United States Rejoins Paris Climate Agreement

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Photo: Ilan_Gavrielow, Wikimedia Commons

Signature move: President Biden signs one of the many executive orders in the early days of his presidency.

Mihir Kulkarni, Junk Editor

President Joe Biden announced that the United States would rejoin the Paris Climate Agreement on Jan. 20, reversing the Trump Administration’s policy that removed the country last year. The executive order comes as a victory for environmentalists and other supporters of the agreement who argue it was a necessary step towards fighting climate change.

Although the reduction of carbon dioxide emissions over the past year due to the COVID-19 pandemic has helped reduce human impact on the environment, the Earth’s temperature continues to rise and in 2019 reached over two degrees above the pre-industrial average. Scientists argue that this rise can have disastrous effects, ranging from rising oceans to an increase in extreme weather events.

“We can no longer delay or do the bare minimum to address climate change,” Biden said. “This is a global existential crisis, and all of us will suffer if we fail.”

Before the pandemic struck, the United States was significantly behind on goals set during the Obama Administration to reduce emissions by 26% by 2025. With progress only at 12% in 2019, Biden now plans to introduce new goals with a deadline of 2030 to account for the rollback of key environmental policies during the Trump Administration.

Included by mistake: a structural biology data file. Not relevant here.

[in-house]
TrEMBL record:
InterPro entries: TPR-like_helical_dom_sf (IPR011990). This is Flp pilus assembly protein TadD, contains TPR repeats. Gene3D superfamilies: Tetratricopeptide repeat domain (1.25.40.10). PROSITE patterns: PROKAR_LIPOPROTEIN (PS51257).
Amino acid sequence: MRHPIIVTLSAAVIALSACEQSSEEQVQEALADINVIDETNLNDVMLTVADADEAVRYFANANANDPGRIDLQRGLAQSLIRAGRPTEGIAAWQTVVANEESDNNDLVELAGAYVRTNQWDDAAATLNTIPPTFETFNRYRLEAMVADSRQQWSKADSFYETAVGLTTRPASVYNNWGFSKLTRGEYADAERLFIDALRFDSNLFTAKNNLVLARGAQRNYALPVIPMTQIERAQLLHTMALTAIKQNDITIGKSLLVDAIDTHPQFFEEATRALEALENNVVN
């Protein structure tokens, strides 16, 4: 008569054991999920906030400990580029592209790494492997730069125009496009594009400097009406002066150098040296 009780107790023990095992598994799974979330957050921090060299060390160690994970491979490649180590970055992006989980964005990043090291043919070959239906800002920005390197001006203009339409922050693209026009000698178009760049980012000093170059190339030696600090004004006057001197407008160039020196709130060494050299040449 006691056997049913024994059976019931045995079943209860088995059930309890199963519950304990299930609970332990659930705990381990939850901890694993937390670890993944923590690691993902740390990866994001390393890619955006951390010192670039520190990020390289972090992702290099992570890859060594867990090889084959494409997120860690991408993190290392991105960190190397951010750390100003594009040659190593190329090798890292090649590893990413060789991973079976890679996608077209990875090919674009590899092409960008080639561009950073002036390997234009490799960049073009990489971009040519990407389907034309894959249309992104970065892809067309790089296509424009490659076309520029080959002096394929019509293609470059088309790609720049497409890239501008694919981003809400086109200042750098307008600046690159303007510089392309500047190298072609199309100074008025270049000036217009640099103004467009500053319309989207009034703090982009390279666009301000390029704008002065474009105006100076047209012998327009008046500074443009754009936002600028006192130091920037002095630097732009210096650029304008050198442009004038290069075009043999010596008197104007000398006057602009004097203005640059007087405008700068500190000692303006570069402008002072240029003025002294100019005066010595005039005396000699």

The move fulfills one of Biden’s core campaign promises to place a greater focus on science when making policy decisions. It was also met with international praise, as leaders from around the world recognized the importance of the second largest emitter of carbon dioxide rejoining the agreement. With the global influence of the United States supporting the agreement, the goal of limiting further temperature increases appears more feasible.

“It’s a good day in our fight against the climate crisis,” Secretary of State Tony Blinken said. “The United States will waste no time in engaging our partners around the world to build our global resilience.”

Republicans, however, have been quick to criticize the move, claiming that it will raise energy costs for Americans while not doing enough to get adversaries like Russia and China to comply. The move comes as Biden attempts to reverse numerous Trump era policies such as immigration restrictions, the transgender military ban and construction of the border wall, further increasing tension between the parties.

The immediate impacts of the executive order will likely include new regulations on carbon emissions for the automotive and power sector. Various other policies to convert to sustainable energy will also be introduced to help the United States achieve its goal of net zero emissions by 2050.

To help push the United States to meet this benchmark, the Biden Administration plans to announce new emissions goals at an Earth Day conference with world leaders in April. The goals set at this summit and the extent to which the nation follows them in the coming years could determine the fate of the planet, and of humanity itself.